Pokemon Go’s Business Model

  1. Start with Pokemon’s quirky and unique Gotta Catch ‘Em All story.
  2. Embed the story in the real world as sketched out by Google Maps.
  3. Offer an in game currency Poké Coins which can be bought for real money
  4. Allow Poké Coins to be spent on in game assets.
  5. Explore offering real world partners marketing relationships.

Poke coins costs in Sterling UK

Early estimates of Pokémon Go’s revenues are about $1.6m a day or $660m a year. This is purely for the sale of Poke Coins. These Coins can be exchanged for items such as incense that bring Pokémon to you, or lucky eggs that help you gain more experience points. ThinkGaming, an industry consultancy estimates the app’s revenues as already at a run rate of $1.6 billion a year. This will be based on monetization rates of other successful smartphone games.

Pokemon shop makes money

Pokémon Go is just out in Japan as I write this. This could be to give the developers time to scale their platform to the required size and deal with the game’s infamous server issues. Or they may just be timing it with the end of Japan’s school term. The initial agreement with McDonald appears to be to make all the McDonald’s branches in Japan Poké stops and Poké Gyms and therefore a huge traffic driver. They are even offering Pokemon themed meals. This kind of revenue stream has the potential to be both large and recurring. My local pub is a Poké stop. If Niantic asks them to pay, otherwise they will move the stop, I’d guess that they would pay. Yelp’s problem with their reviews centered around how it felt like blackmail. Poké stops are more explicitly a privilege that can be charged for.

How Does Pokemon Go Make Money?

Freemium games can be hugely profitable. You already knew that, but did you know that some people on Farmville, a Facebook game that was big back in 2009, used to spend $30,000 a year?

I remember playing a freemium game Badland. It was free to start, but with premium features you pay for. In this particular game, after about three rounds, the fourth round was impassable except for elite players. You were being obliged to pay to get to the next stage, and many, if not me, would pay to play.

That’s as good as saying pay or leave.

Thankfully Pokemon Go have eschewed that. They have gone for light in game monetization and a larger network of users. Right now they just sell items that speed up your progress. In the future this will definite widen. Farmville specialized in different colored tractors and barns.

Farmville shop makes money

Image: Farmville

This is a simple facet of time is money. People’s time is valuable. So even if you’re offering something purely aesthetic, you know what, if you got them spending their time on there, then some of them will be tempted to pay for a color. They have already spent something as valuable as their money, their time.

I generally rip into articles that claim companies are out to sell your privacy.

Privacy = Trust = Your Time = Adverts = Money

Ergo, Privacy = Profit

Selling your privacy is a misunderstanding of the value of your privacy to the company holding it. I may go too far with this line of reasoning. Although the media likely cares too much on the sale of your privacy, undoubtedly individuals largely do not care enough.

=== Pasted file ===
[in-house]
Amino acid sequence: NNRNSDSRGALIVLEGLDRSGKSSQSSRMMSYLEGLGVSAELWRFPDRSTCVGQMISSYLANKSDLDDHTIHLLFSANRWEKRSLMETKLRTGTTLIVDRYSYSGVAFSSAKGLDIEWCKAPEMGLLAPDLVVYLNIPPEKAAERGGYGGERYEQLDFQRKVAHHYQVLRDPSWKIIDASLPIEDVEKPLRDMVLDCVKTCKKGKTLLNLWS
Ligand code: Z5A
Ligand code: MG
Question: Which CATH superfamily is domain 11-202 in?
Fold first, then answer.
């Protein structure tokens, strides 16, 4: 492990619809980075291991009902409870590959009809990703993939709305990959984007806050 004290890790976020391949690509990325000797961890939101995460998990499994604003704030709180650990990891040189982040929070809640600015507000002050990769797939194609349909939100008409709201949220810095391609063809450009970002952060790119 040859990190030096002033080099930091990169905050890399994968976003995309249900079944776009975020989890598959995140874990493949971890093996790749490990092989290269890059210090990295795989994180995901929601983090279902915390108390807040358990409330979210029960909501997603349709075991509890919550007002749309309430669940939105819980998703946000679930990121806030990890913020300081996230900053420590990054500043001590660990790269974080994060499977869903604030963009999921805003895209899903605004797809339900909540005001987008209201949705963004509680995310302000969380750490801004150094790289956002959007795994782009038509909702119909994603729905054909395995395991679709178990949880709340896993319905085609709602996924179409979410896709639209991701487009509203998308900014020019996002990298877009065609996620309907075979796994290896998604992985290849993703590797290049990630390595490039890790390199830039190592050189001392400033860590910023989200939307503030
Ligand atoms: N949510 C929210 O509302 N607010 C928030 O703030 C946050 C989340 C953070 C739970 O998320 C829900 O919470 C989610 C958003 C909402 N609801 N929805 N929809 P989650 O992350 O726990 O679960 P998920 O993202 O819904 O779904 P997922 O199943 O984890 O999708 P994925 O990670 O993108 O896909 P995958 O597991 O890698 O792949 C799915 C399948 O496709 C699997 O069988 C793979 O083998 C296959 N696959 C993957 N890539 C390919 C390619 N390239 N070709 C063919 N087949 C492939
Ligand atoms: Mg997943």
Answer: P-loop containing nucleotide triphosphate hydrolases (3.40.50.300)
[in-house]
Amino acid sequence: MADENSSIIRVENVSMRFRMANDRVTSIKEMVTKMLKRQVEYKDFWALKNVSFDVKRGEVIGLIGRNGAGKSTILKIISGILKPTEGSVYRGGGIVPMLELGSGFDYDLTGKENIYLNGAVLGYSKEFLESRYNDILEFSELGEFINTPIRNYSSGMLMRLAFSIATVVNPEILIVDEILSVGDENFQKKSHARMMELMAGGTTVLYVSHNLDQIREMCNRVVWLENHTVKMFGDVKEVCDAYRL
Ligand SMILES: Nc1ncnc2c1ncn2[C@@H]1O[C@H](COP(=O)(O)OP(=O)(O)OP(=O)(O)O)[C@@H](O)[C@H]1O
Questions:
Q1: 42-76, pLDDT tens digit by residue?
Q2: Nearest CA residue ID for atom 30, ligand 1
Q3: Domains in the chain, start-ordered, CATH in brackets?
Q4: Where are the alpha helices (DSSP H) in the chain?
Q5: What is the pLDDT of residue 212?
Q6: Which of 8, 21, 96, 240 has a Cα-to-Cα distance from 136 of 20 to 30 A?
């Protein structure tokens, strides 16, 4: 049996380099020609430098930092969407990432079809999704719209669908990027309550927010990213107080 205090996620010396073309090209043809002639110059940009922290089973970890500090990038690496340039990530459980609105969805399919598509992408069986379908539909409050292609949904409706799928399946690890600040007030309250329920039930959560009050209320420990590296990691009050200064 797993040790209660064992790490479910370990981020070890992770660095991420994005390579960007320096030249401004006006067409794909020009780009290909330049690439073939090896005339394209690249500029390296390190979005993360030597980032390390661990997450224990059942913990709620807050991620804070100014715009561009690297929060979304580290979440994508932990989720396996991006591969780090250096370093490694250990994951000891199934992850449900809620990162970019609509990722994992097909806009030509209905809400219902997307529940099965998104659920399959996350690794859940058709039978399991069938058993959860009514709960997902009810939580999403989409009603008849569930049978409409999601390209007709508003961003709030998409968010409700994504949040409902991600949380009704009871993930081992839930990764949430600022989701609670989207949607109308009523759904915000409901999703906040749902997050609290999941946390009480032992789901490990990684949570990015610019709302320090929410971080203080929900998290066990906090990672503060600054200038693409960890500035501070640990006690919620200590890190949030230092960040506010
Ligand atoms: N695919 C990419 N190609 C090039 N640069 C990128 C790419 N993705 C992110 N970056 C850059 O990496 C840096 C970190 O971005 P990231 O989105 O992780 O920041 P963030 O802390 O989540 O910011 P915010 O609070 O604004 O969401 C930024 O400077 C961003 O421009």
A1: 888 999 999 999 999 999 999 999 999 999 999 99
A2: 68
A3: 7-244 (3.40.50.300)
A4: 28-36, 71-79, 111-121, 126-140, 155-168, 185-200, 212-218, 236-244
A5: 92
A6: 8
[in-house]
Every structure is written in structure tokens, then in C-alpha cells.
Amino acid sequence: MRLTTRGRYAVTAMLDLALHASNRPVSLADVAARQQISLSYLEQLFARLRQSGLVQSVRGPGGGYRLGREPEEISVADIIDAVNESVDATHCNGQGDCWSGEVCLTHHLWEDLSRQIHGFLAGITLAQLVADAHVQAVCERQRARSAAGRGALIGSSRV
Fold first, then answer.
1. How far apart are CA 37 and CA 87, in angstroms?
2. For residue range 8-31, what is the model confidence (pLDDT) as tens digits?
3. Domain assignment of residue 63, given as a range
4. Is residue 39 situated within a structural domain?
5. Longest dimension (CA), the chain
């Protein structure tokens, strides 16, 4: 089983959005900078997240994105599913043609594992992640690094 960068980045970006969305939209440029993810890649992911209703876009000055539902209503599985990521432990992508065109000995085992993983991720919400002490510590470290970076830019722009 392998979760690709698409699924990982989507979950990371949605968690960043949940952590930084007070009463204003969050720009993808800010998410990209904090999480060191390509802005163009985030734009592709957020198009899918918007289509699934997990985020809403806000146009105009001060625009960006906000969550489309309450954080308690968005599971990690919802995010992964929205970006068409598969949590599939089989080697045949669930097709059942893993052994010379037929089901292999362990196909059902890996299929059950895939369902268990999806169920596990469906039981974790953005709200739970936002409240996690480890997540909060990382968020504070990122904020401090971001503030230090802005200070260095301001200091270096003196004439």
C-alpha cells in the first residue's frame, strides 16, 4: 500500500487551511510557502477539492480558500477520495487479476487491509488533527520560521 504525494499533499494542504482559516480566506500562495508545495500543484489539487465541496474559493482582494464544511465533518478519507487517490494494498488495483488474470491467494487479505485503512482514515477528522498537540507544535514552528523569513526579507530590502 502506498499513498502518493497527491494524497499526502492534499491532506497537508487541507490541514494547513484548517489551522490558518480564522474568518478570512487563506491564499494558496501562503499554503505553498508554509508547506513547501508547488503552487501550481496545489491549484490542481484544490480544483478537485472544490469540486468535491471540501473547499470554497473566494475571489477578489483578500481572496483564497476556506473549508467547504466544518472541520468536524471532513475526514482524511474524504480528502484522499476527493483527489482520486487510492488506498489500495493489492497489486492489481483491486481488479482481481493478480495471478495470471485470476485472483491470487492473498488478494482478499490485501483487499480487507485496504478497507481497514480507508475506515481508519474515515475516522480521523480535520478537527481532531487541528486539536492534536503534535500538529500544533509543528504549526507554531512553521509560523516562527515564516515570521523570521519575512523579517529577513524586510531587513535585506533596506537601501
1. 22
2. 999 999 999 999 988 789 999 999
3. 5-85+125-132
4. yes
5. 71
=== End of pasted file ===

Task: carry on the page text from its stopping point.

The very real risk around privacy is that no organization, from the FBI to Niantic is really secure. From hackers to internal employees, humans put you and your privacy at risk.

More Valuable Than Your Time

There is actually a force multiplier to the value of your time. And that is your physical presence. So far, few have sustainably solved how to get people to a particular place at a particular time.

Groupon appeared to have addressed this through the use of coupons, only later to discover that they were crushing their small business customers, while the daily deal emails were rapidly degenerating into junk mail. Yelp is a key internet resource for rating restaurants and bars. But as I noted earlier, their paying business customers hate them with a passion.

However, these were channels for marketing and advertising.

I believe Pokémon have gone way beyond that. Pokémon Go can sell your personal presence. That’s not marketing, that’s traffic. This is taking the idea of you as a product to another level.

Google can get your browser to a paying webpage. Pokemon Go can get your butt in a paying store.

I’ve already discussed McDonald’s likely future Poke Stop position, and that is merely scratching the surface. As I touched on at the top, rare Pokemon in Macy’s during the back to school sales would bring huge crowds. How about corporate sponsored Pokemon like a Nike? Or a collector Pokemon when you buy a particular Tesla car?

My local pokemon gym

Generally, I’m not a big fan of the internet of things. This is the business premise that we will have sensors and processors in everything, from your clothes to your fridge. This may happen but unfortunately so far it’s been hugely difficult for any company to really make money out of it. Batteries are capacity constrained and use cases tend to be narrow and unexciting.

Pokémon is a break out in local and location specific services. And part and parcel of that could be the internet of things. If they integrate any device into their ecosystem, like a yo yo to replace the ball throwing system or a pair of movement aware boxing gloves for Pokémon fighting, these will immediately become highly desirable mass market toys.

Catching ‘em all has only just begun.

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Yuen Lo

2 Comments

  1. Excellent article! Thank you for explaining his new Pokemon phenomenon. I have yet to try it, and I probably will not – I don’t have a lot of extra time raising a young family. But if I was a kid with a smartphone, I can see how addictive this would be. I don’t think most people saw this innovation coming and it seems to have left a huge cultural mark almost over night. Thanks to your article, I finally feel that I have a grasp on both the game and the business model. What I find fascinating is that so many high tech innovations are simply new advertising mediums. Magazines, newspapers, and TV commercials are dying and being replaced by Google, FB, Pokemon Go, etc. I guess what is new is just old ideas modernized. None of this is really new or novel to human experience. So, we continue to watch how technological innovators disrupt timeless business practices to fulfill customers’ needs. Thanks again.

  2. Somebody else pays is just such a powerful business model – maximum users for the least amount of friction. If there is a better way of doing I imagine that model (i.e. netflix) almost has to have fewer users by definition. Thanks for your kind comments Ryan! I look forward to when your kids force you to play Pokemon with them 🙂